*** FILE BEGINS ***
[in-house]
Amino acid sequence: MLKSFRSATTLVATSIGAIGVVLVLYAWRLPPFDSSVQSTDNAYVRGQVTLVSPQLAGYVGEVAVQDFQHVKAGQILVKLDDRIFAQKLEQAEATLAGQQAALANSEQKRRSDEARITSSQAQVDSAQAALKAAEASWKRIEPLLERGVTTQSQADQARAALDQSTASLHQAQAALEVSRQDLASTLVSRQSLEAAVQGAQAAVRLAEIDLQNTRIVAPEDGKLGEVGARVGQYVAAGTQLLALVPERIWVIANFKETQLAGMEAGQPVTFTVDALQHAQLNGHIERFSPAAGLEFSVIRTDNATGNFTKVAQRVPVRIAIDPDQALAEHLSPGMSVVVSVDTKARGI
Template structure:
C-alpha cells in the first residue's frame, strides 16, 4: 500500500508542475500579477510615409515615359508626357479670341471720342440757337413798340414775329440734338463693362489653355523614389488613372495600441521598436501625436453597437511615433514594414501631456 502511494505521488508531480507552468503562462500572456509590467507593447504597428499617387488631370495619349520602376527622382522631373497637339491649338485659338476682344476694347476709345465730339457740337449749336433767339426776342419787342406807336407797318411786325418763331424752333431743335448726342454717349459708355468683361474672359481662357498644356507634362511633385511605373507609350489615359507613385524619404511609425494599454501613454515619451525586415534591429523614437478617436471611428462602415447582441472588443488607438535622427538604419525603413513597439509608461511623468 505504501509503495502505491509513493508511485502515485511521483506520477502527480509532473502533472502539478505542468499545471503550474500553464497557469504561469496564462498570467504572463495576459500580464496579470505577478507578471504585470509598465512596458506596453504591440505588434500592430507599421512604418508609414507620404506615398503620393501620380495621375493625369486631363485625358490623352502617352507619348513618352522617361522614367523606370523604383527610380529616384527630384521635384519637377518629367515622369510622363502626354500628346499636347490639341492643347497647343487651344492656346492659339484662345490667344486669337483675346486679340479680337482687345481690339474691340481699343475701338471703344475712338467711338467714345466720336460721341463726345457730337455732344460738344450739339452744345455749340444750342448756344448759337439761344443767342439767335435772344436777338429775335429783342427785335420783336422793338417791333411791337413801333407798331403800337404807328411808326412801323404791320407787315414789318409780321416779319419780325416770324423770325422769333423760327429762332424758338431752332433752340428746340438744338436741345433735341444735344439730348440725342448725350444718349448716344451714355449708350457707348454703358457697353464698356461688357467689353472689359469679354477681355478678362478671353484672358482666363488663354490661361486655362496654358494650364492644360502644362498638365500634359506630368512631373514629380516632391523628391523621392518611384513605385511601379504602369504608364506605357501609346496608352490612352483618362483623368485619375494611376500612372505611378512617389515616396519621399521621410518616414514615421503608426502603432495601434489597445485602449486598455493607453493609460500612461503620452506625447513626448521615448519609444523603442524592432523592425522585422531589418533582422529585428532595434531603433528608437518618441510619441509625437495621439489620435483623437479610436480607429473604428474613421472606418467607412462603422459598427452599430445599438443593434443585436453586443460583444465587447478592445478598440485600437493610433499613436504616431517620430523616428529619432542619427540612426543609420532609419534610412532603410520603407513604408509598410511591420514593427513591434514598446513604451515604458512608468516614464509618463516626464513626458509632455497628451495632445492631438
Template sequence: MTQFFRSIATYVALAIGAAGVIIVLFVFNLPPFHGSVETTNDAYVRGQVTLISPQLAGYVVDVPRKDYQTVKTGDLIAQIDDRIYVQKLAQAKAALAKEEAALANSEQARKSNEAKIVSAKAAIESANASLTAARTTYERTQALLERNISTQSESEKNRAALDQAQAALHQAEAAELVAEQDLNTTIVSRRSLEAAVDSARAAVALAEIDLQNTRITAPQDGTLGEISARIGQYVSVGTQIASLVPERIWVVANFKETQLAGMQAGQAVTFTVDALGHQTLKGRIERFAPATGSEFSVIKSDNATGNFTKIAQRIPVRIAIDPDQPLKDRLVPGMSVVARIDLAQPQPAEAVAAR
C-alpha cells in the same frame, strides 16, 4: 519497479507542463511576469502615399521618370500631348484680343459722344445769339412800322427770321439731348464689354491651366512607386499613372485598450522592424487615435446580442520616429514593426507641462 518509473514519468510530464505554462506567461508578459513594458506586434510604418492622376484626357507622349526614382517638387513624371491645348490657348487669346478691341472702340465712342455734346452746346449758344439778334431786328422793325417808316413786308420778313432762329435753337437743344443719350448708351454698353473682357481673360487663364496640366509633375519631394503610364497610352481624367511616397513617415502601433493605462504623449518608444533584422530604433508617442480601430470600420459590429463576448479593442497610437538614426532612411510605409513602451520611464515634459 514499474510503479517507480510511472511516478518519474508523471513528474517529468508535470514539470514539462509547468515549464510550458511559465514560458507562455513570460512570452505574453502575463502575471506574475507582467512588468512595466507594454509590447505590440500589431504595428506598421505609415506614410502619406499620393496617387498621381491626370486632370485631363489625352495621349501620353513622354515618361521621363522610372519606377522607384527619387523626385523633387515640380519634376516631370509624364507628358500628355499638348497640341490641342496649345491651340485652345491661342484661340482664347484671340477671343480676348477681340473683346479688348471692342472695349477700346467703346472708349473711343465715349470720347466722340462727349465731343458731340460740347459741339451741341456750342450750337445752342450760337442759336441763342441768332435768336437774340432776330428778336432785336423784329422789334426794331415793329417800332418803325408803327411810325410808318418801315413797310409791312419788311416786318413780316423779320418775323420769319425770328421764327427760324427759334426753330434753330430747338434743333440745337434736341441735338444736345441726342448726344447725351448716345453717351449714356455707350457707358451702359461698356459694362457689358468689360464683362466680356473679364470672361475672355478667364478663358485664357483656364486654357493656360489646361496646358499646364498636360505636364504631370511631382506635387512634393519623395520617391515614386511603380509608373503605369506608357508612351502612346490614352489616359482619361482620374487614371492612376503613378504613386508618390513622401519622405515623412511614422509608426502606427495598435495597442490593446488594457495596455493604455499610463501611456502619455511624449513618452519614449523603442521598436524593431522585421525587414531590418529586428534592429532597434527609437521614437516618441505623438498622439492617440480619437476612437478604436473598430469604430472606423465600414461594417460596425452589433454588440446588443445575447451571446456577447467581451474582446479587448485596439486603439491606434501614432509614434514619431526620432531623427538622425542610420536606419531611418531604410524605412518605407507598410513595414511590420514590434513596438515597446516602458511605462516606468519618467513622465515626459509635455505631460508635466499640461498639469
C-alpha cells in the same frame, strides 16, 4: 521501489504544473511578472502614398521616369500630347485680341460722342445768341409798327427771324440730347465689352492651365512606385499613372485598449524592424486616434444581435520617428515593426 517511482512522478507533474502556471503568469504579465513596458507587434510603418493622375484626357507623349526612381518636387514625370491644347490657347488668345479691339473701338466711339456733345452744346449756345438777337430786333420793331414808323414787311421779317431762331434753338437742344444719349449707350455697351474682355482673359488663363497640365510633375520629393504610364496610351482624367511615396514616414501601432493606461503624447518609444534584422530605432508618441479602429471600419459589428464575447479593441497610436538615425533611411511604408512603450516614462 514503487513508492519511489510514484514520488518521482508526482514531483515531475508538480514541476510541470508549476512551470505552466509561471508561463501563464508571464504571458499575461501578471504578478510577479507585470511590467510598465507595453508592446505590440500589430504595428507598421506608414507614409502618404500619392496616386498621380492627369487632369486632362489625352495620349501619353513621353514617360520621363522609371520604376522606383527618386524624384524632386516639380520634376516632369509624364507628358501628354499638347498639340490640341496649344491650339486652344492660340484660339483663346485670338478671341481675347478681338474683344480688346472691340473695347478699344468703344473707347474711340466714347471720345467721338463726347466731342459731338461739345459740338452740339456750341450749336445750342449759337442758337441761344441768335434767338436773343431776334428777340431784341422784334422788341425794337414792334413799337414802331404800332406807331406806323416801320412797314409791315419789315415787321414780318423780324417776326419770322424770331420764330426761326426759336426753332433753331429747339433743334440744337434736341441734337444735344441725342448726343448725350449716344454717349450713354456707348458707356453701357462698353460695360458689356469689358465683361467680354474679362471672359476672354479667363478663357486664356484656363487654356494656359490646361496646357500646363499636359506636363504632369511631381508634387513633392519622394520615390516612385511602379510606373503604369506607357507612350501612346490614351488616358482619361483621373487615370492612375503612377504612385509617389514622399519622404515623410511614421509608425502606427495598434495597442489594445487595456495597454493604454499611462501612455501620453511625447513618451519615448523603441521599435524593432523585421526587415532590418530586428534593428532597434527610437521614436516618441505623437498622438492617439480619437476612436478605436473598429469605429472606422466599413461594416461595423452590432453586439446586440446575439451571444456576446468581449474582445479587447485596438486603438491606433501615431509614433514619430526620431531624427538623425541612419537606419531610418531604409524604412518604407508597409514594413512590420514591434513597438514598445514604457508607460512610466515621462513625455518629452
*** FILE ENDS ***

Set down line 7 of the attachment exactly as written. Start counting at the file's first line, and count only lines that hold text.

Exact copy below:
C-alpha cells in the same frame, strides 16, 4: 521501489504544473511578472502614398521616369500630347485680341460722342445768341409798327427771324440730347465689352492651365512606385499613372485598449524592424486616434444581435520617428515593426 517511482512522478507533474502556471503568469504579465513596458507587434510603418493622375484626357507623349526612381518636387514625370491644347490657347488668345479691339473701338466711339456733345452744346449756345438777337430786333420793331414808323414787311421779317431762331434753338437742344444719349449707350455697351474682355482673359488663363497640365510633375520629393504610364496610351482624367511615396514616414501601432493606461503624447518609444534584422530605432508618441479602429471600419459589428464575447479593441497610436538615425533611411511604408512603450516614462 514503487513508492519511489510514484514520488518521482508526482514531483515531475508538480514541476510541470508549476512551470505552466509561471508561463501563464508571464504571458499575461501578471504578478510577479507585470511590467510598465507595453508592446505590440500589430504595428507598421506608414507614409502618404500619392496616386498621380492627369487632369486632362489625352495620349501619353513621353514617360520621363522609371520604376522606383527618386524624384524632386516639380520634376516632369509624364507628358501628354499638347498639340490640341496649344491650339486652344492660340484660339483663346485670338478671341481675347478681338474683344480688346472691340473695347478699344468703344473707347474711340466714347471720345467721338463726347466731342459731338461739345459740338452740339456750341450749336445750342449759337442758337441761344441768335434767338436773343431776334428777340431784341422784334422788341425794337414792334413799337414802331404800332406807331406806323416801320412797314409791315419789315415787321414780318423780324417776326419770322424770331420764330426761326426759336426753332433753331429747339433743334440744337434736341441734337444735344441725342448726343448725350449716344454717349450713354456707348458707356453701357462698353460695360458689356469689358465683361467680354474679362471672359476672354479667363478663357486664356484656363487654356494656359490646361496646357500646363499636359506636363504632369511631381508634387513633392519622394520615390516612385511602379510606373503604369506607357507612350501612346490614351488616358482619361483621373487615370492612375503612377504612385509617389514622399519622404515623410511614421509608425502606427495598434495597442489594445487595456495597454493604454499611462501612455501620453511625447513618451519615448523603441521599435524593432523585421526587415532590418530586428534593428532597434527610437521614436516618441505623437498622438492617439480619437476612436478605436473598429469605429472606422466599413461594416461595423452590432453586439446586440446575439451571444456576446468581449474582445479587447485596438486603438491606433501615431509614433514619430526620431531624427538623425541612419537606419531610418531604409524604412518604407508597409514594413512590420514591434513597438514598445514604457508607460512610466515621462513625455518629452